{"responseHeader":{"status":0,"QTime":0,"params":{"sort":"publishtime desc","wt":"json","version":"2.2","rows":"1","q":"hostname:astrobob.areavoices.com"}},"response":{"numFound":2625,"start":0,"docs":[{"id":"astrobob.areavoices.com/105991","permalink":"http://astrobob.areavoices.com/2014/07/22/how-to-find-the-center-of-the-milky-way-and-what-lurks-there/","blogid":"85","blogdomain":"astrobob.areavoices.com","hostname":"astrobob.areavoices.com","blogpath":"/","wp":"multisite","title":"How to find the center of the Milky Way ... and what lurks there","content":"[caption id=\"attachment_105992\" align=\"alignnone\" width=\"864\"] Want to know where the center of our galaxy is? Face south around nightfall in late July and find the Teapot of Sagittarius about 'two fists' to the left of bright Antares in Scorpius. The core is a blank bit of sky just above the spout near the 4.5 magnitude star 3 Sagittarii.  Stellarium[/caption]\n\nEver stared straight at the heart of the Milky Way galaxy? Give it a try this coming week. With dark skies and no moon, the time is right.\n\n[caption id=\"attachment_105993\" align=\"alignright\" width=\"400\"] Artist's view of the 4 million mass black hole at the center of the Milky Way. The hole measures about 28 million miles in diameter. Credit: NASA[/caption]\n\nNotice I didn't say into the heart. No human eyes can penetrate the veil of interstellar dust that cloaks the galactic central point 26,000 light years away in the direction of the constellation Sagittarius. Only X-ray, gamma ray and radio telescopes can 'part the way' and expose the galaxy's dark secret which astronomers call Sagittarius A*.\n\nThere, at the center of it all, lies a black hole with a mass of 4 million suns. The innermost 3.2 light years centered on the black hole swarms with thousands of aged stars and about 100 fresh-born ones, some in very tight orbits about the hole. Gas clouds abound, and there's at least another smaller black hole nearby.\n\n[caption id=\"attachment_105994\" align=\"alignnone\" width=\"800\"] NASA's Nuclear Spectroscopic Telescope Array, or NuSTAR, captured these first, focused views of the supermassive black hole at the heart of our galaxy in high-energy X-ray light. Known as Sagittarius A* (A star), the bright flare formed when Sgr A* was consuming and heating matter. The background image, taken in infrared light, shows its location. Credit: NASA[/caption]\n\nOccasionally the central black hole flares to life when a random asteroid, gas cloud or stray star passes too close and gets ripped to pieces before disappearing down the gullet of the beast. Heated by friction, the material sends out every type of light from visible to X-rays and gamma rays. But no one can see all the excitement because it's hidden by light years of dust grains. To the eye, the center looks nondescript and static, but nothing could be further from the truth.\n\nThe Milky Way is beautiful to gaze at this time of year. Take a drive to the country and park your car where the sky is dark and open to the south. At nightfall, you'll see a fiery-hued star a few fists up from the southern horizon at nightfall. That's Antares in Scorpius. Now shift your gaze two fists to the left or east and see if you can spot the outline of the Teapot. Once you've found it, galactic center lies just above the spout.\n\n[caption id=\"attachment_105995\" align=\"alignleft\" width=\"395\"] Closeup of the Spout showing a couple bright star clusters and the Lagoon Nebula, a rich star-forming region. Credit: Bob King[/caption]\n\nThough the center remains hidden, large chunks of the Milky Way hover like clouds against the black sky. Every puffy piece is comprised of billions of distant stars the light of which blends together to form a misty haze. Here and there are smaller knots. These are individual gas clouds called nebulae and bright star clusters. A pair of 40-50mm binoculars will show many of these wonders and countless fainter stars plainly. If we could magically remove the dust between us and the galactic center, the rich intensity of stars in the Sagittarius direction would be bright enough to cast shadows at night.\n\nTake it all in. Let your eyes follow the arc from the southern horizon clear up across the eastern sky and back down to the northeastern horizon. We live here - can you believe it?","rawcontent":"[caption id=\"attachment_105992\" align=\"alignnone\" width=\"864\"] Want to know where the center of our galaxy is? Face south around nightfall in late July and find the Teapot of Sagittarius about 'two fists' to the left of bright Antares in Scorpius. The core is a blank bit of sky just above the spout near the 4.5 magnitude star 3 Sagittarii. Stellarium[/caption]\n\nEver stared straight at the heart of the Milky Way galaxy? Give it a try this coming week. With dark skies and no moon, the time is right.\n\n[caption id=\"attachment_105993\" align=\"alignright\" width=\"400\"] Artist's view of the 4 million mass black hole at the center of the Milky Way. The hole measures about 28 million miles in diameter. Credit: NASA[/caption]\n\nNotice I didn't say into the heart. No human eyes can penetrate the veil of interstellar dust that cloaks the galactic central point 26,000 light years away in the direction of the constellation Sagittarius. Only X-ray, gamma ray and radio telescopes can 'part the way' and expose the galaxy's dark secret which astronomers call Sagittarius A*.\n\nThere, at the center of it all, lies a black hole with a mass of 4 million suns. The innermost 3.2 light years centered on the black hole swarms with thousands of aged stars and about 100 fresh-born ones, some in very tight orbits about the hole. Gas clouds abound, and there's at least another smaller black hole nearby.\n\n[caption id=\"attachment_105994\" align=\"alignnone\" width=\"800\"] NASA's Nuclear Spectroscopic Telescope Array, or NuSTAR, captured these first, focused views of the supermassive black hole at the heart of our galaxy in high-energy X-ray light. Known as Sagittarius A* (A star), the bright flare formed when Sgr A* was consuming and heating matter. The background image, taken in infrared light, shows its location. Credit: NASA[/caption]\n\nOccasionally the central black hole flares to life when a random asteroid, gas cloud or stray star passes too close and gets ripped to pieces before disappearing down the gullet of the beast. Heated by friction, the material sends out every type of light from visible to X-rays and gamma rays. But no one can see all the excitement because it's hidden by light years of dust grains. To the eye, the center looks nondescript and static, but nothing could be further from the truth.\n\nThe Milky Way is beautiful to gaze at this time of year. Take a drive to the country and park your car where the sky is dark and open to the south. At nightfall, you'll see a fiery-hued star a few fists up from the southern horizon at nightfall. That's Antares in Scorpius. Now shift your gaze two fists to the left or east and see if you can spot the outline of the Teapot. Once you've found it, galactic center lies just above the spout.\n\n[caption id=\"attachment_105995\" align=\"alignleft\" width=\"395\"] Closeup of the Spout showing a couple bright star clusters and the Lagoon Nebula, a rich star-forming region. Credit: Bob King[/caption]\n\nThough the center remains hidden, large chunks of the Milky Way hover like clouds against the black sky. Every puffy piece is comprised of billions of distant stars the light of which blends together to form a misty haze. Here and there are smaller knots. These are individual gas clouds called nebulae and bright star clusters. A pair of 40-50mm binoculars will show many of these wonders and countless fainter stars plainly. If we could magically remove the dust between us and the galactic center, the rich intensity of stars in the Sagittarius direction would be bright enough to cast shadows at night.\n\nTake it all in. Let your eyes follow the arc from the southern horizon clear up across the eastern sky and back down to the northeastern horizon. We live here - can you believe it?","contentnoshortcodes":"\n\nEver stared straight at the heart of the Milky Way galaxy? Give it a try this coming week. With dark skies and no moon, the time is right.\n\n\n\nNotice I didn't say into the heart. No human eyes can penetrate the veil of interstellar dust that cloaks the galactic central point 26,000 light years away in the direction of the constellation Sagittarius. Only X-ray, gamma ray and radio telescopes can 'part the way' and expose the galaxy's dark secret which astronomers call Sagittarius A*.\n\nThere, at the center of it all, lies a black hole with a mass of 4 million suns. The innermost 3.2 light years centered on the black hole swarms with thousands of aged stars and about 100 fresh-born ones, some in very tight orbits about the hole. Gas clouds abound, and there's at least another smaller black hole nearby.\n\n\n\nOccasionally the central black hole flares to life when a random asteroid, gas cloud or stray star passes too close and gets ripped to pieces before disappearing down the gullet of the beast. Heated by friction, the material sends out every type of light from visible to X-rays and gamma rays. But no one can see all the excitement because it's hidden by light years of dust grains. To the eye, the center looks nondescript and static, but nothing could be further from the truth.\n\nThe Milky Way is beautiful to gaze at this time of year. Take a drive to the country and park your car where the sky is dark and open to the south. At nightfall, you'll see a fiery-hued star a few fists up from the southern horizon at nightfall. That's Antares in Scorpius. Now shift your gaze two fists to the left or east and see if you can spot the outline of the Teapot. Once you've found it, galactic center lies just above the spout.\n\n\n\nThough the center remains hidden, large chunks of the Milky Way hover like clouds against the black sky. Every puffy piece is comprised of billions of distant stars the light of which blends together to form a misty haze. Here and there are smaller knots. These are individual gas clouds called nebulae and bright star clusters. A pair of 40-50mm binoculars will show many of these wonders and countless fainter stars plainly. If we could magically remove the dust between us and the galactic center, the rich intensity of stars in the Sagittarius direction would be bright enough to cast shadows at night.\n\nTake it all in. Let your eyes follow the arc from the southern horizon clear up across the eastern sky and back down to the northeastern horizon. We live here - can you believe it?","numcomments":0,"author":"astrobob","author_s":"http://astrobob.areavoices.com/author/astrobob/","type":"post","publishtime":"2014-07-22T19:21:12Z","displaydate":"2014-07-22 14:21:12","displaymodified":"2014-07-22 14:38:45","tags":["Antares","black hole","galaxy","Milky Way","nebula","Sagittarius","Teapot"],"spell":["How to find the center of the Milky Way ... and what lurks there","[caption id=\"attachment_105992\" align=\"alignnone\" width=\"864\"] Want to know where the center of our galaxy is? Face south around nightfall in late July and find the Teapot of Sagittarius about 'two fists' to the left of bright Antares in Scorpius. The core is a blank bit of sky just above the spout near the 4.5 magnitude star 3 Sagittarii.  Stellarium[/caption]\n\nEver stared straight at the heart of the Milky Way galaxy? Give it a try this coming week. With dark skies and no moon, the time is right.\n\n[caption id=\"attachment_105993\" align=\"alignright\" width=\"400\"] Artist's view of the 4 million mass black hole at the center of the Milky Way. The hole measures about 28 million miles in diameter. Credit: NASA[/caption]\n\nNotice I didn't say into the heart. No human eyes can penetrate the veil of interstellar dust that cloaks the galactic central point 26,000 light years away in the direction of the constellation Sagittarius. Only X-ray, gamma ray and radio telescopes can 'part the way' and expose the galaxy's dark secret which astronomers call Sagittarius A*.\n\nThere, at the center of it all, lies a black hole with a mass of 4 million suns. The innermost 3.2 light years centered on the black hole swarms with thousands of aged stars and about 100 fresh-born ones, some in very tight orbits about the hole. Gas clouds abound, and there's at least another smaller black hole nearby.\n\n[caption id=\"attachment_105994\" align=\"alignnone\" width=\"800\"] NASA's Nuclear Spectroscopic Telescope Array, or NuSTAR, captured these first, focused views of the supermassive black hole at the heart of our galaxy in high-energy X-ray light. Known as Sagittarius A* (A star), the bright flare formed when Sgr A* was consuming and heating matter. The background image, taken in infrared light, shows its location. Credit: NASA[/caption]\n\nOccasionally the central black hole flares to life when a random asteroid, gas cloud or stray star passes too close and gets ripped to pieces before disappearing down the gullet of the beast. Heated by friction, the material sends out every type of light from visible to X-rays and gamma rays. But no one can see all the excitement because it's hidden by light years of dust grains. To the eye, the center looks nondescript and static, but nothing could be further from the truth.\n\nThe Milky Way is beautiful to gaze at this time of year. Take a drive to the country and park your car where the sky is dark and open to the south. At nightfall, you'll see a fiery-hued star a few fists up from the southern horizon at nightfall. That's Antares in Scorpius. Now shift your gaze two fists to the left or east and see if you can spot the outline of the Teapot. Once you've found it, galactic center lies just above the spout.\n\n[caption id=\"attachment_105995\" align=\"alignleft\" width=\"395\"] Closeup of the Spout showing a couple bright star clusters and the Lagoon Nebula, a rich star-forming region. Credit: Bob King[/caption]\n\nThough the center remains hidden, large chunks of the Milky Way hover like clouds against the black sky. Every puffy piece is comprised of billions of distant stars the light of which blends together to form a misty haze. Here and there are smaller knots. These are individual gas clouds called nebulae and bright star clusters. A pair of 40-50mm binoculars will show many of these wonders and countless fainter stars plainly. If we could magically remove the dust between us and the galactic center, the rich intensity of stars in the Sagittarius direction would be bright enough to cast shadows at night.\n\nTake it all in. Let your eyes follow the arc from the southern horizon clear up across the eastern sky and back down to the northeastern horizon. We live here - can you believe it?","astrobob"]}]}}{"responseHeader":{"status":0,"QTime":0,"params":{"sort":"publishtime desc","wt":"json","version":"2.2","rows":"1","q":"hostname:www.forumcomm.com"}},"response":{"numFound":55,"start":0,"docs":[{"id":"www.forumcomm.com/3773","permalink":"http://www.forumcomm.com/2014/07/09/grand-forks-herald-launches-walk-to-win-to-encourage-employees-to-move/","blogid":"0","blogdomain":"www.forumcomm.com","hostname":"www.forumcomm.com","blogpath":"/","wp":"multisite","title":"Grand Forks Herald launches 'Walk to Win' to encourage employees to move","content":"\n\n\n[caption id=\"attachment_2551\" align=\"alignright\" width=\"300\"] Korrie Wenzel[/caption]\n\nBy Korrie Wenzel\nGrand Forks Herald\n\n\n\n\nGRAND FORKS, N.D. - Visiting with Dr. Casey Ryan, outgoing president at Altru Health System in Grand Forks, makes a fellow want to take a walk. A brisk one at that.\n\nEarlier this spring, Ryan announced he would be stepping down as the hospital’s president, effective at the end of the year. And last month, during a meeting with a handful of Herald employees in a conference room at Altru, Ryan said his years in the business as a physician and administrator have convinced him that self-practiced preventative care is really the best way America’s health woes can be solved.\n\nGenetics certainly play a role on our personal health, he said. Meaning, if our parents live through their eighth or ninth decade, we are statistically likely to do the same. Of course, we need to practice our own form of preventative care, too, and refrain from bad habits such as smoking, drinking-and-driving, not wearing seatbelts and especially leading a sedentary lifestyle.\n\n“Primary prevention is huge,” he said. “So, let’s say your mom and dad both died in their 90s. Statistically, if you take care of yourself, you should make it into your 90s. But …”\n\nAnd here comes Ryan’s big right hook: “But, if you weigh 280 pounds and should weigh 180, what are you doing to your knees and hips? And you get diabetes, because there is a little risk in the family but if you maintain reasonable body weight, you won’t get it. And you get high blood pressure. That all drives up the cost of care.”\n\nPretty strong words, but sage advice nonetheless.\n\nMeanwhile, Altru this month is promoting a program called “30 Days of Running,” which is designed to get Grand Forks people off of the couch and onto sidewalks, the Greenway and any other place where folks can stretch their legs, lungs and self discipline.\n\nGoogle that program and check it out online; other events and activities are listed there as well.\n\nSpurred by that recent conversation with Ryan and others at Altru, the Herald recently unveiled its own program to encourage workers to be more active and healthy. We call it “Walk to Win,” and we’re using cash prizes and daily 20-minute paid breaks to entice all Herald employees to get into the habit of exercise through good, short walks in downtown Grand Forks.\n\nThose who choose to participate in the program — which will run through September — are eligible for weekly cash drawings. In the end, we’ll all win.\n\nThe genesis for our in-house program came from that discussion with Ryan and Altru’s other executives. It was a bit odd to hear such firm talk about self-health from a physician who makes a living healing others, but it really gets a person thinking.\n\nSo when downtown this summer, look around and take note of Herald employees who are taking advantage of the program. I’ve seen many of our workers hitting the sidewalks daily — myself included.\n\nAnd the Herald officially challenges other local businesses to do the same. Business owners, presidents and managers may balk at the idea of paying employees to leave the building for 20 minutes a day, but really, isn’t it worth it in the end?\n\nRyan is right. We need to take better care of ourselves, instead of hoping others will do it for us when it’s too late.\n\nWe just need the right motivation to get started, whether that comes from ourselves, from our workplace or from the top-ranking official at the local hospital.\n\nKorrie Wenzel is the publisher of the Grand Forks Herald, and he writes occasional columns for the Herald.\n\nThe Grand Forks Herald is owned by Forum Communications Co., a multimedia information company based in Fargo, N.D., which owns dozens of newspapers, websites, television and radio stations, and commercial printing plants in North Dakota, South Dakota, Minnesota and Wisconsin.\n\n\n","rawcontent":"\n\n\n[caption id=\"attachment_2551\" align=\"alignright\" width=\"300\"] Korrie Wenzel[/caption]\n\nBy Korrie Wenzel\nGrand Forks Herald\n\n\n\n\nGRAND FORKS, N.D. - Visiting with Dr. Casey Ryan, outgoing president at Altru Health System in Grand Forks, makes a fellow want to take a walk. A brisk one at that.\n\nEarlier this spring, Ryan announced he would be stepping down as the hospitals president, effective at the end of the year. And last month, during a meeting with a handful of Herald employees in a conference room at Altru, Ryan said his years in the business as a physician and administrator have convinced him that self-practiced preventative care is really the best way Americas health woes can be solved.\n\nGenetics certainly play a role on our personal health, he said. Meaning, if our parents live through their eighth or ninthdecade, we are statistically likely to do the same. Of course, we need to practice our own form of preventative care, too, and refrain from bad habits such as smoking, drinking-and-driving, not wearing seatbelts and especially leading a sedentary lifestyle.\n\nPrimary prevention is huge, he said. So, lets say your mom and dad bothdied in their 90s. Statistically, if you take care of yourself, you should make it into your 90s. But \n\nAnd here comes Ryans big right hook: But, if you weigh 280 pounds and should weigh 180, what are you doing to your knees and hips? And you get diabetes, because there is a little risk in the family but if you maintain reasonable body weight, you wont get it. And you get high blood pressure. That all drives up the cost of care.\n\nPretty strong words, but sage advice nonetheless.\n\nMeanwhile, Altru this month is promoting a program called 30 Days of Running, which is designed to get Grand Forks people off of the couch and onto sidewalks, the Greenway and any other placewhere folks can stretch their legs, lungs and self discipline.\n\nGoogle that program and check it out online; other events and activities are listed there as well.\n\nSpurred by that recent conversation with Ryan and others at Altru, the Herald recently unveiled its own program to encourage workers to be more active and healthy. We call it Walk to Win, and were using cash prizes and daily 20-minute paid breaks to entice all Herald employees to get into the habit of exercise through good, short walks in downtown Grand Forks.\n\nThose who choose to participate in the program which will run through September are eligible for weekly cash drawings. In the end, well all win.\n\nThe genesis for our in-house program came from that discussion with Ryan and Altrus other executives. It was a bit odd to hear such firm talk about self-health from a physician who makes a living healing others, but it really gets a person thinking.\n\nSo when downtown this summer, look around and take note of Herald employees who are taking advantage of the program. Ive seen many of our workershitting the sidewalks daily myself included.\n\nAnd the Herald officially challenges other local businesses to do the same. Business owners, presidents and managers may balk at the idea of paying employees to leave the building for 20 minutes a day, but really, isnt it worth it in the end?\n\nRyan is right. We need to take better care of ourselves, instead of hoping others will do it for us when its too late.\n\nWe just need the right motivation to get started, whether that comes from ourselves, from our workplace or from the top-ranking official at the local hospital.\n\nKorrie Wenzel is the publisher of the Grand Forks Herald, and he writes occasional columns for the Herald.\n\nThe Grand Forks Heraldisowned byForum Communications Co., a multimedia information company based in Fargo, N.D., which owns dozens of newspapers, websites, television and radio stations, and commercial printing plants in North Dakota, South Dakota, Minnesota and Wisconsin.\n\n\n","contentnoshortcodes":"\n\n\n\n\nBy Korrie Wenzel\nGrand Forks Herald\n\n\n\n\nGRAND FORKS, N.D. - Visiting with Dr. Casey Ryan, outgoing president at Altru Health System in Grand Forks, makes a fellow want to take a walk. A brisk one at that.\n\nEarlier this spring, Ryan announced he would be stepping down as the hospitals president, effective at the end of the year. And last month, during a meeting with a handful of Herald employees in a conference room at Altru, Ryan said his years in the business as a physician and administrator have convinced him that self-practiced preventative care is really the best way Americas health woes can be solved.\n\nGenetics certainly play a role on our personal health, he said. Meaning, if our parents live through their eighth or ninthdecade, we are statistically likely to do the same. Of course, we need to practice our own form of preventative care, too, and refrain from bad habits such as smoking, drinking-and-driving, not wearing seatbelts and especially leading a sedentary lifestyle.\n\nPrimary prevention is huge, he said. So, lets say your mom and dad bothdied in their 90s. Statistically, if you take care of yourself, you should make it into your 90s. But \n\nAnd here comes Ryans big right hook: But, if you weigh 280 pounds and should weigh 180, what are you doing to your knees and hips? And you get diabetes, because there is a little risk in the family but if you maintain reasonable body weight, you wont get it. And you get high blood pressure. That all drives up the cost of care.\n\nPretty strong words, but sage advice nonetheless.\n\nMeanwhile, Altru this month is promoting a program called 30 Days of Running, which is designed to get Grand Forks people off of the couch and onto sidewalks, the Greenway and any other placewhere folks can stretch their legs, lungs and self discipline.\n\nGoogle that program and check it out online; other events and activities are listed there as well.\n\nSpurred by that recent conversation with Ryan and others at Altru, the Herald recently unveiled its own program to encourage workers to be more active and healthy. We call it Walk to Win, and were using cash prizes and daily 20-minute paid breaks to entice all Herald employees to get into the habit of exercise through good, short walks in downtown Grand Forks.\n\nThose who choose to participate in the program which will run through September are eligible for weekly cash drawings. In the end, well all win.\n\nThe genesis for our in-house program came from that discussion with Ryan and Altrus other executives. It was a bit odd to hear such firm talk about self-health from a physician who makes a living healing others, but it really gets a person thinking.\n\nSo when downtown this summer, look around and take note of Herald employees who are taking advantage of the program. Ive seen many of our workershitting the sidewalks daily myself included.\n\nAnd the Herald officially challenges other local businesses to do the same. Business owners, presidents and managers may balk at the idea of paying employees to leave the building for 20 minutes a day, but really, isnt it worth it in the end?\n\nRyan is right. We need to take better care of ourselves, instead of hoping others will do it for us when its too late.\n\nWe just need the right motivation to get started, whether that comes from ourselves, from our workplace or from the top-ranking official at the local hospital.\n\nKorrie Wenzel is the publisher of the Grand Forks Herald, and he writes occasional columns for the Herald.\n\nThe Grand Forks Heraldisowned byForum Communications Co., a multimedia information company based in Fargo, N.D., which owns dozens of newspapers, websites, television and radio stations, and commercial printing plants in North Dakota, South Dakota, Minnesota and Wisconsin.\n\n\n","numcomments":0,"author":"Devlyn Brooks","author_s":"http://www.forumcomm.com/author/devlynbrooks/","type":"post","publishtime":"2014-07-09T15:24:46Z","displaydate":"2014-07-09 15:24:46","displaymodified":"2014-07-09 15:24:46","tags":["Forum Communications Co.","Grand Forks Herald","media","Minnesota","North Dakota"],"categories":["Culture Initiative","Newspaper","Uncategorized"],"spell":["Grand Forks Herald launches 'Walk to Win' to encourage employees to move","\n\n\n[caption id=\"attachment_2551\" align=\"alignright\" width=\"300\"] Korrie Wenzel[/caption]\n\nBy Korrie Wenzel\nGrand Forks Herald\n\n\n\n\nGRAND FORKS, N.D. - Visiting with Dr. Casey Ryan, outgoing president at Altru Health System in Grand Forks, makes a fellow want to take a walk. A brisk one at that.\n\nEarlier this spring, Ryan announced he would be stepping down as the hospital’s president, effective at the end of the year. And last month, during a meeting with a handful of Herald employees in a conference room at Altru, Ryan said his years in the business as a physician and administrator have convinced him that self-practiced preventative care is really the best way America’s health woes can be solved.\n\nGenetics certainly play a role on our personal health, he said. Meaning, if our parents live through their eighth or ninth decade, we are statistically likely to do the same. Of course, we need to practice our own form of preventative care, too, and refrain from bad habits such as smoking, drinking-and-driving, not wearing seatbelts and especially leading a sedentary lifestyle.\n\n“Primary prevention is huge,” he said. “So, let’s say your mom and dad both died in their 90s. Statistically, if you take care of yourself, you should make it into your 90s. But …”\n\nAnd here comes Ryan’s big right hook: “But, if you weigh 280 pounds and should weigh 180, what are you doing to your knees and hips? And you get diabetes, because there is a little risk in the family but if you maintain reasonable body weight, you won’t get it. And you get high blood pressure. That all drives up the cost of care.”\n\nPretty strong words, but sage advice nonetheless.\n\nMeanwhile, Altru this month is promoting a program called “30 Days of Running,” which is designed to get Grand Forks people off of the couch and onto sidewalks, the Greenway and any other place where folks can stretch their legs, lungs and self discipline.\n\nGoogle that program and check it out online; other events and activities are listed there as well.\n\nSpurred by that recent conversation with Ryan and others at Altru, the Herald recently unveiled its own program to encourage workers to be more active and healthy. We call it “Walk to Win,” and we’re using cash prizes and daily 20-minute paid breaks to entice all Herald employees to get into the habit of exercise through good, short walks in downtown Grand Forks.\n\nThose who choose to participate in the program — which will run through September — are eligible for weekly cash drawings. In the end, we’ll all win.\n\nThe genesis for our in-house program came from that discussion with Ryan and Altru’s other executives. It was a bit odd to hear such firm talk about self-health from a physician who makes a living healing others, but it really gets a person thinking.\n\nSo when downtown this summer, look around and take note of Herald employees who are taking advantage of the program. I’ve seen many of our workers hitting the sidewalks daily — myself included.\n\nAnd the Herald officially challenges other local businesses to do the same. Business owners, presidents and managers may balk at the idea of paying employees to leave the building for 20 minutes a day, but really, isn’t it worth it in the end?\n\nRyan is right. We need to take better care of ourselves, instead of hoping others will do it for us when it’s too late.\n\nWe just need the right motivation to get started, whether that comes from ourselves, from our workplace or from the top-ranking official at the local hospital.\n\nKorrie Wenzel is the publisher of the Grand Forks Herald, and he writes occasional columns for the Herald.\n\nThe Grand Forks Herald is owned by Forum Communications Co., a multimedia information company based in Fargo, N.D., which owns dozens of newspapers, websites, television and radio stations, and commercial printing plants in North Dakota, South Dakota, Minnesota and Wisconsin.\n\n\n","Devlyn Brooks"]}]}} Bemidji Pioneer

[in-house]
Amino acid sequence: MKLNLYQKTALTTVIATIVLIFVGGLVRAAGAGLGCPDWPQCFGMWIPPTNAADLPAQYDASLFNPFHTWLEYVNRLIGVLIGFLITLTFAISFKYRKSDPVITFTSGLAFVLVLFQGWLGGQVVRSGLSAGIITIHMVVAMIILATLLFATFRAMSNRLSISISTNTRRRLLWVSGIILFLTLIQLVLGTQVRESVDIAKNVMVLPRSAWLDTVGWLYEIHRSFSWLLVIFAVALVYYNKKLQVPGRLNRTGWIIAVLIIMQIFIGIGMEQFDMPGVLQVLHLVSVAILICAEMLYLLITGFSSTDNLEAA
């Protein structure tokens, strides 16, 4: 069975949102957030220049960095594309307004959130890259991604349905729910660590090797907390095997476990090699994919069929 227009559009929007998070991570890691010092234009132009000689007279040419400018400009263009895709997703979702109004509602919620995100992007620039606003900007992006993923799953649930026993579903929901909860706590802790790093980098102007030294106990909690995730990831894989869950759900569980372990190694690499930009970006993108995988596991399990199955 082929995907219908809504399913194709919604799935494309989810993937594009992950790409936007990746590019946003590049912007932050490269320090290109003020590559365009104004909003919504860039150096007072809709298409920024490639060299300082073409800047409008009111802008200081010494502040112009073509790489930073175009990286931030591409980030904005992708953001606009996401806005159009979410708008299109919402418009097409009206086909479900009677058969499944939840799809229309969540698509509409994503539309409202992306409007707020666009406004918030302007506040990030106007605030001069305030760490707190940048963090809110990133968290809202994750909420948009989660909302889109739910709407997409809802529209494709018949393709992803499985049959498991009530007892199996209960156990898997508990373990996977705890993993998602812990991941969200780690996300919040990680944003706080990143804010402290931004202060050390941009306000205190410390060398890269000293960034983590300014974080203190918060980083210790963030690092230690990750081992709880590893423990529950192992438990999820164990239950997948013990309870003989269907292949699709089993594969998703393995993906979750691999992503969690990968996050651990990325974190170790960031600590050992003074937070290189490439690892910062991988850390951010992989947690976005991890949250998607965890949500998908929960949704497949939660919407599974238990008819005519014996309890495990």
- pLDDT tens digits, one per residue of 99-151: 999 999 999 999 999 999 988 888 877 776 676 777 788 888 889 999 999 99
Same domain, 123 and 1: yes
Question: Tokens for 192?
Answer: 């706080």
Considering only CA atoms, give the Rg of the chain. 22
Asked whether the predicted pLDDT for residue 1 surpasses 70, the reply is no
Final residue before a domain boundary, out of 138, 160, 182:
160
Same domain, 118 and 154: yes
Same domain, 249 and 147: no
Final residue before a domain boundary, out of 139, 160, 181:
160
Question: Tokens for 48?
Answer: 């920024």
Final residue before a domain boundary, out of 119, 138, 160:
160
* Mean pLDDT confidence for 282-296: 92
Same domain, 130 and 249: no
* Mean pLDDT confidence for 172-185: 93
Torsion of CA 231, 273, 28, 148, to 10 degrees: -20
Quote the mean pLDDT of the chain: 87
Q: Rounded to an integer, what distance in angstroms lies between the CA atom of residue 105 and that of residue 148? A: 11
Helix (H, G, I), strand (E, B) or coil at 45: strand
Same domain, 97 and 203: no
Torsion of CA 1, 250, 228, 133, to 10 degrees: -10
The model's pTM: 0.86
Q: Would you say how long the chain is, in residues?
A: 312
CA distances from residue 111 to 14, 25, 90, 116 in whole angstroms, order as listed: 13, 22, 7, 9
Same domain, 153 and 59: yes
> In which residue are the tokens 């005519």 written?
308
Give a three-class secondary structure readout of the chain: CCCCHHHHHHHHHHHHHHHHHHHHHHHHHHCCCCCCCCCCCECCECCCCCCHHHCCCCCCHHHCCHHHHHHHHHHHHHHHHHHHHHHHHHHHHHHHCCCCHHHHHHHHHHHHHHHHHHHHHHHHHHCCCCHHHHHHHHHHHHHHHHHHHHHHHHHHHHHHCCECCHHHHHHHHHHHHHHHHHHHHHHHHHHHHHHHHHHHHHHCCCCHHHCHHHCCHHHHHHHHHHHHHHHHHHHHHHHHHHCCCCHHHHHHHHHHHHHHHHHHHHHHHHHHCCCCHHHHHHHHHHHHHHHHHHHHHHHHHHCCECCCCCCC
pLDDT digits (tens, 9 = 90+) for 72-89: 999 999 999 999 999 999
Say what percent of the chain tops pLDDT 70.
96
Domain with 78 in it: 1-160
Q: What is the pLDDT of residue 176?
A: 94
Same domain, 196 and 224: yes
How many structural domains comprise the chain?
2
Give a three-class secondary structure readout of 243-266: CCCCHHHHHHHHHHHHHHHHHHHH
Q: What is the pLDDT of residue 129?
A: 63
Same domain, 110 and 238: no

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The Haskells of Bemidji.

Check out our well-received 2014 Annual Report section, "At Home in Bemidji," where we profile new members of our community, as well as those who have returned to town after ...

The summer issue of in magazine is now available throughout the Bemidji area.

in is a free lifestyle magazine published quarterly by The Bemidji Pioneer. Copies have made available at businesses ...

The Pioneer has a new app for iPad users.

BEMIDJI -- Readers of the Pioneer now have one more avenue to get their news. In an exclusive partnership with Lueken's Village Foods, the Pioneer now has an iPad app. ...

Looking to contact the Pioneer about a question or submit information for publication?  Readers can call (218) 333-9200 for service, but here are a number of ways we can ...